The six original datasets consist of several disparate annotation formats. Some objects were annotated using boxes, others using lines, and others using points. Furthermore, the raw class labelings were inconsistent between datasets. For these reasons we have taken steps to preprocess and standardize the data, which itself was a challenge. First, all datasets have been converted into the MSCOCO format.
To both both capture the original nature of the datasets and provide ready-to-use annotations we made the decision to create 4 flavors of the annotations. For each dataset we create a variants with either coarse or fine-trained categories (see notes about category standardization) and variants with or without the more challenging keypoint annotations (see notes about keypoint annotations). We also include the original raw categories.
Thus, for each dataset (afsc_seq0, habcam_seq0, mbari_seq0, mouss_seq0, mouss_seq1, nwfsc_seq0) there are 5 annotation files.
Category standardization and hierarchy
In an effort to standardize the class labels between the different datasets we have relabeled the categories in the original datasets by mapping each category to the appropriate and most specific scientific organism name. This mapping defines the fine-grained categorization.
Because many classes only had a few examples we made the choice to coarsen the categorization and merge related classes together (e.g. all types of rockfish, greenlings, etc. were merged into the Scorpaeniformes category). This reduction significantly increases the number of examples-per-class for most categories.
In both the coarse and fine-grained cases, we provide a category hierarchy, created using the NCBI taxonomic database. This encodes the information that annotations originally labeled as “Rockfish” might reasonably be labeled as a “Sebastes maliger” or “Sebastes ruberrimus” in the fine-grained case. An example in the coarse grained case are the categories: “Fish” and its children “Pleuronectiformes” (flat fish) and “NotPleuronectiformes” (round fish). The category hierarchy is encoded as a tree (actually a forest) in the MSCOCO data using the “supercategory” attribute. Note that each dataset contains annotations from both leaf and non-leaf categories.
Images without annotations
In some cases there may be an image that has no annotations, but contains objects of interest. In an effort to provide information about when this is the case we augment each image object in the MSCOCO json dataset with an attribute “has_annots”. If “has_annots” can be either true, false, or null. If it is true, then the image contains objects of interest even if there are no annotation objects associated with it (e.g. if they were removed keypoint annotations). If “has_annots” is false, then that image was explicitly labeled as having no objects of interest. Otherwise, if “has_annots” is null, then the image might or might not have objects of interest. However, in most circumstances if “has_annots” is null the image contains no objects of interest.
Bounding Box, Line, and Keypoint Annotations
Originally, the datasets contained annotations in the forms of boxes, lines, and points. In our preprocessing step, we have converted of line annotations into boxes by interpreting each line as the diameter of a circle and inscribing a box around that circle. The majority of annotations are provided with bounding box annotations. However, there are a significant number of images where each object is labeled with a keypoint.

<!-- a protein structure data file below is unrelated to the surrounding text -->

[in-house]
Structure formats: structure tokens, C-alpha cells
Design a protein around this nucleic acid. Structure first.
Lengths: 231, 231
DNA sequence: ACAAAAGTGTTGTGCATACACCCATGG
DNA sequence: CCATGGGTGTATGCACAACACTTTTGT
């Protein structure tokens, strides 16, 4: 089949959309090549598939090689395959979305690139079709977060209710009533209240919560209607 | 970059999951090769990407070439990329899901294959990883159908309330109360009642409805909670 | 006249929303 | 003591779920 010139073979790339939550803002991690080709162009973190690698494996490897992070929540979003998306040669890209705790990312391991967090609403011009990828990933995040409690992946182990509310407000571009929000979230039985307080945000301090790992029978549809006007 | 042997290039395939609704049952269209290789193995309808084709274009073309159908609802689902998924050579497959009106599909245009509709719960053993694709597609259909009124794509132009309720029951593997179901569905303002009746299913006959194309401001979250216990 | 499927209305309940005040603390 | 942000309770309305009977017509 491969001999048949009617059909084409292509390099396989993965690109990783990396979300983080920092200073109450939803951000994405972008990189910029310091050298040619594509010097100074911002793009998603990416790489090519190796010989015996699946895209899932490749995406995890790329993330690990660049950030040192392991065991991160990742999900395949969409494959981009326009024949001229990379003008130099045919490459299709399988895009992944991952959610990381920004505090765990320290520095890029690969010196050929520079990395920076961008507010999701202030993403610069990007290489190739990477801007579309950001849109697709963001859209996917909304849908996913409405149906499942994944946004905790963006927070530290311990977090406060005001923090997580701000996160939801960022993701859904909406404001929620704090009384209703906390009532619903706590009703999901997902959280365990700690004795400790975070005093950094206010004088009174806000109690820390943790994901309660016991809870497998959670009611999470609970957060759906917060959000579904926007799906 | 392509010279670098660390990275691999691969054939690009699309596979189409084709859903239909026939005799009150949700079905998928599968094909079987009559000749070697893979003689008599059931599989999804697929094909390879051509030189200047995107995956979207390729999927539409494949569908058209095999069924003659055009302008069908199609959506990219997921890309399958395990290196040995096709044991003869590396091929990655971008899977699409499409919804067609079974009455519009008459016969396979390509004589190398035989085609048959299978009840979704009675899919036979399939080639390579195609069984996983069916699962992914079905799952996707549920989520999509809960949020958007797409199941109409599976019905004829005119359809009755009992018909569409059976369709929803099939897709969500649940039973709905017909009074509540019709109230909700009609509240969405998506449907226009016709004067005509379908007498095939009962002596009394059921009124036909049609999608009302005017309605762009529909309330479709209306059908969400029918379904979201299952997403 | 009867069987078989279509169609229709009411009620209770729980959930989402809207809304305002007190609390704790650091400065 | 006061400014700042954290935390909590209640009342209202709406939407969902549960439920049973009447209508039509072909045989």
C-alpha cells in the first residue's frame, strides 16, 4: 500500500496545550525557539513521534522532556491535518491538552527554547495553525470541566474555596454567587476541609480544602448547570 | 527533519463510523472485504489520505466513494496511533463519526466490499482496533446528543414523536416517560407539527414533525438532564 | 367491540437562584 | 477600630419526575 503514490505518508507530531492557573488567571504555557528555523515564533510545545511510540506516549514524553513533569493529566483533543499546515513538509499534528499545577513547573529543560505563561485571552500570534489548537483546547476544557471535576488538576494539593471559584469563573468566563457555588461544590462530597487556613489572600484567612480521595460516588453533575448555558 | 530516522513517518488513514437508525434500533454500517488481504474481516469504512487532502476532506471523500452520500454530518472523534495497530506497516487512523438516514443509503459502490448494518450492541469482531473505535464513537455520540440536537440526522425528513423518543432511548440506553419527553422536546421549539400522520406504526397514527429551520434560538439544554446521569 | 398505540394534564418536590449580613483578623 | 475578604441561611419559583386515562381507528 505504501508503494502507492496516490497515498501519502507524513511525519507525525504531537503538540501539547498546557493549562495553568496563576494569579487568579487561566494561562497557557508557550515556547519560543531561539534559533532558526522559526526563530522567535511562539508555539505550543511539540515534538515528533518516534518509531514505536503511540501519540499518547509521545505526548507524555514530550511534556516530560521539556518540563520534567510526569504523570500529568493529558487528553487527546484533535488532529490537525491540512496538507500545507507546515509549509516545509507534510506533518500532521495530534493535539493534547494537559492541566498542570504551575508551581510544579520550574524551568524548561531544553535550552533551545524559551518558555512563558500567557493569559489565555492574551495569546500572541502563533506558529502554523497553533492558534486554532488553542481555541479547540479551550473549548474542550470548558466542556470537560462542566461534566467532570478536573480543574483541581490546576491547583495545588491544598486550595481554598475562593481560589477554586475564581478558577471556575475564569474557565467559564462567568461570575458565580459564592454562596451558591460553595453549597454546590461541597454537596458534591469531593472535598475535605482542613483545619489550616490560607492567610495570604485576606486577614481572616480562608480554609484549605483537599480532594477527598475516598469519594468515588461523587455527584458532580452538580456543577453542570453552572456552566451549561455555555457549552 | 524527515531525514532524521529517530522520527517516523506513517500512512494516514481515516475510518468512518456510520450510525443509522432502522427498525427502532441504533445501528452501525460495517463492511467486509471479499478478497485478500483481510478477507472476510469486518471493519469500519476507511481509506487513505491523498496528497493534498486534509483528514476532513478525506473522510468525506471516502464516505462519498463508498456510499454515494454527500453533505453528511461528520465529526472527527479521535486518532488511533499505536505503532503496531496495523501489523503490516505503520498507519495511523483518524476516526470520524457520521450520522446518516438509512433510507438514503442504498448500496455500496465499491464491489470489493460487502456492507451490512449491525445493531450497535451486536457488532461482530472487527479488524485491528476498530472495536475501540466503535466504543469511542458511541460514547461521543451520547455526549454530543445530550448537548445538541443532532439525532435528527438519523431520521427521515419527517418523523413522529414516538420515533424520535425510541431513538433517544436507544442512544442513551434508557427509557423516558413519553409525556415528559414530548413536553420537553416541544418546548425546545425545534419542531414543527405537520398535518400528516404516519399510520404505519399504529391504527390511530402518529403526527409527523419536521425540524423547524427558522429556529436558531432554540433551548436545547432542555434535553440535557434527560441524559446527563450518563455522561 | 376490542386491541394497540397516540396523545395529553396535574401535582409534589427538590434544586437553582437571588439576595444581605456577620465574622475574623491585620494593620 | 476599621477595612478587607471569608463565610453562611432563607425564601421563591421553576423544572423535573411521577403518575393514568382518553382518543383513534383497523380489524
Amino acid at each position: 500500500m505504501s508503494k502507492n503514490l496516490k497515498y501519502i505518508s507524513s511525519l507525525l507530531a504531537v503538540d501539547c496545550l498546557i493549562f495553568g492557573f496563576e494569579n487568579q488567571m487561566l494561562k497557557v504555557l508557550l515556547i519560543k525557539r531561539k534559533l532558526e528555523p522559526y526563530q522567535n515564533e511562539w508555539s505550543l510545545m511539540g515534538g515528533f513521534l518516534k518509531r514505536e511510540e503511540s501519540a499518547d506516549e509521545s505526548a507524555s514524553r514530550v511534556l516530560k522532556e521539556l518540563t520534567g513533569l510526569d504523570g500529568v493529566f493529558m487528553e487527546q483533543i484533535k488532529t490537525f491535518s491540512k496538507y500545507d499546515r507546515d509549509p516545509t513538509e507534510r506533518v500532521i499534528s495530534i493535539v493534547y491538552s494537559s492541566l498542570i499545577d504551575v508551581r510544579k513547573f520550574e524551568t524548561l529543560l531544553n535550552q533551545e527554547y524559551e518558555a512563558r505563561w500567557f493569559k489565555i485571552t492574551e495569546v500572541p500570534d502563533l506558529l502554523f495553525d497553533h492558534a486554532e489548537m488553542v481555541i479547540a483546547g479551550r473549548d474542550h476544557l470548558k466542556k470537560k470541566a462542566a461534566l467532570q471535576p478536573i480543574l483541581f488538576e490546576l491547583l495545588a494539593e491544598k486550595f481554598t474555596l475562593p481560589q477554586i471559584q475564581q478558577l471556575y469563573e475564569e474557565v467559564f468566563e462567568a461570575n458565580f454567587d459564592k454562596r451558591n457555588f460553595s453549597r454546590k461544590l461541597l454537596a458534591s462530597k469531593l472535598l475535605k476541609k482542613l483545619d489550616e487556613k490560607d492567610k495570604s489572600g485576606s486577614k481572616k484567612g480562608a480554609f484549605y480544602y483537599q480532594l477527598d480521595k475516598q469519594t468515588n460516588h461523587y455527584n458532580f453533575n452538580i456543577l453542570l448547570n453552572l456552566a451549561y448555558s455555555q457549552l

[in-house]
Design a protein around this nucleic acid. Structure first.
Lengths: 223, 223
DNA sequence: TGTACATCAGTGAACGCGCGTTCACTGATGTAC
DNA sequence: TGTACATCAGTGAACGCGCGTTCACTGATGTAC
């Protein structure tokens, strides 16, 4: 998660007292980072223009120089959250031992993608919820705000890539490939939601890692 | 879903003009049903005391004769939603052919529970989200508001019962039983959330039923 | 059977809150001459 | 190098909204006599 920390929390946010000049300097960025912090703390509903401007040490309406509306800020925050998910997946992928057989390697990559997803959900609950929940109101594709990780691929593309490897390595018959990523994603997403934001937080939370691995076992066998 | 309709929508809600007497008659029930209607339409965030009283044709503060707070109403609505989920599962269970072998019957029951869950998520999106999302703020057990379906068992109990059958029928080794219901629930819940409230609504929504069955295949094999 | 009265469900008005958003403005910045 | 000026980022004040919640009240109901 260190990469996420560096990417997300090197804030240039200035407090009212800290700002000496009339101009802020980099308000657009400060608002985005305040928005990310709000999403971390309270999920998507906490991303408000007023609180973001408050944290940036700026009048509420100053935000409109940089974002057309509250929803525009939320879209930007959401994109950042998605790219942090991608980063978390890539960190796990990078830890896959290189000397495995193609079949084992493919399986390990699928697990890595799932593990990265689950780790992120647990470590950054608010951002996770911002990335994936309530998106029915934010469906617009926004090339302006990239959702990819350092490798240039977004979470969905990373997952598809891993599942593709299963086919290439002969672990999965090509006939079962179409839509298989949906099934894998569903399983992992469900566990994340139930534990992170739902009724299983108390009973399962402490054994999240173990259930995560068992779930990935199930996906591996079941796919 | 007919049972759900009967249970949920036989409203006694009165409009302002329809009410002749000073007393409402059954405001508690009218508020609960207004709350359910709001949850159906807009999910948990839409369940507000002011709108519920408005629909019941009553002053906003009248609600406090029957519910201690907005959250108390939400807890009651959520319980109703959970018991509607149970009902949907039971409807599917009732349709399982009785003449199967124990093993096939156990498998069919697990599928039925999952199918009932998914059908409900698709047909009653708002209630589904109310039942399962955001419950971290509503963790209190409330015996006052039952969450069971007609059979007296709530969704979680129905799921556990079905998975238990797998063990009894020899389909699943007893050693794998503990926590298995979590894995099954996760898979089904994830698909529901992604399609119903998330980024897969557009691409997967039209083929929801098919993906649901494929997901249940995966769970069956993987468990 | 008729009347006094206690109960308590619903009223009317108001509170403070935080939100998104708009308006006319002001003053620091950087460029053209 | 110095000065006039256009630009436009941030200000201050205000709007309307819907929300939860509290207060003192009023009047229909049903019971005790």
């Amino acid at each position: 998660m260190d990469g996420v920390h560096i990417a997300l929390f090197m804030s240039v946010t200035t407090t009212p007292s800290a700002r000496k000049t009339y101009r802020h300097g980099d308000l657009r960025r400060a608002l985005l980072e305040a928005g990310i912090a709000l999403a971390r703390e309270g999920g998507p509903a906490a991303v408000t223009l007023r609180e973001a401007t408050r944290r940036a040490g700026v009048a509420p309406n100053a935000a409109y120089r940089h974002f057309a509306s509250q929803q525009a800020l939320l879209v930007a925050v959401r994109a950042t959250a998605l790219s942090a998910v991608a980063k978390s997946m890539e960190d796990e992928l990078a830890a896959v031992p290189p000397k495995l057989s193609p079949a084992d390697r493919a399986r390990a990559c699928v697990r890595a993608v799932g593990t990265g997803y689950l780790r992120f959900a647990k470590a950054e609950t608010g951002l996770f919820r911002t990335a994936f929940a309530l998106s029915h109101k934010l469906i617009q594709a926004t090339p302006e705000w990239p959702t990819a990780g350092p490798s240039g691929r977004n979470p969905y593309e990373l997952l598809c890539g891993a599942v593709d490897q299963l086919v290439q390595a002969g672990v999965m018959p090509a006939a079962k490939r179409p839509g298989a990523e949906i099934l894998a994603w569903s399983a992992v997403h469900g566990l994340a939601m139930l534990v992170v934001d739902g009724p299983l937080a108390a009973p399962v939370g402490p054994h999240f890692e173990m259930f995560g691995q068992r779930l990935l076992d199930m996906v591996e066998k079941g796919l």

For these keypoint annotations, the points are not always in consistent locations on the object. Often the point does not even directly touch the object of interest. The general rule used when creating the keypoint annotations is that each point should be able to be unambiguously associated with a single object. This means that using these keypoint annotations as groundtruth for training an object detector is a tricky challenge.
For these reasons, we provide keypoint annotations will not be count towards final scoring. We provide them for optional use in training a bounding box detector. For convenience, we also provide a flavor of each dataset where the keypoint annotations have been removed. Note, we do not remove the image from the dataset, only the annotations. This can cause an image to appear as if it has no objects in it when in fact it does (see next section for more details).
The following gallery illustrates images with different styles of annotations.
Phase1 Dataset Statistics
The following is a table summarizing statistics for each dataset. The “roi shapes” row indicates the number of annotations of each type (e.g. bbox, keypoints, line) in the original data. The “#negative images” indicates the number of images with no objects of interest. In the case of nwfsc_seq1, images were explicitly labeled as negative, but for habcam_seq1, images without annotations might contain unannotated objects of interest.
|# negative images||0||maybe: 31011||0||0||0||279|
|roi shapes||keypoints: 4587||line: 41752,
|bbox: 5611||bbox: 175||bbox: 1628||keypoints: 307|
For each dataset we summarize the number of annotations for each coarse category.
Finally, the following trees illustrate the coarse grained and fine-grained category heirachy. The suffix of each node is the number of annotations in the phase1 data with that label in all datasets. We then summarize this data on a per-dataset basis.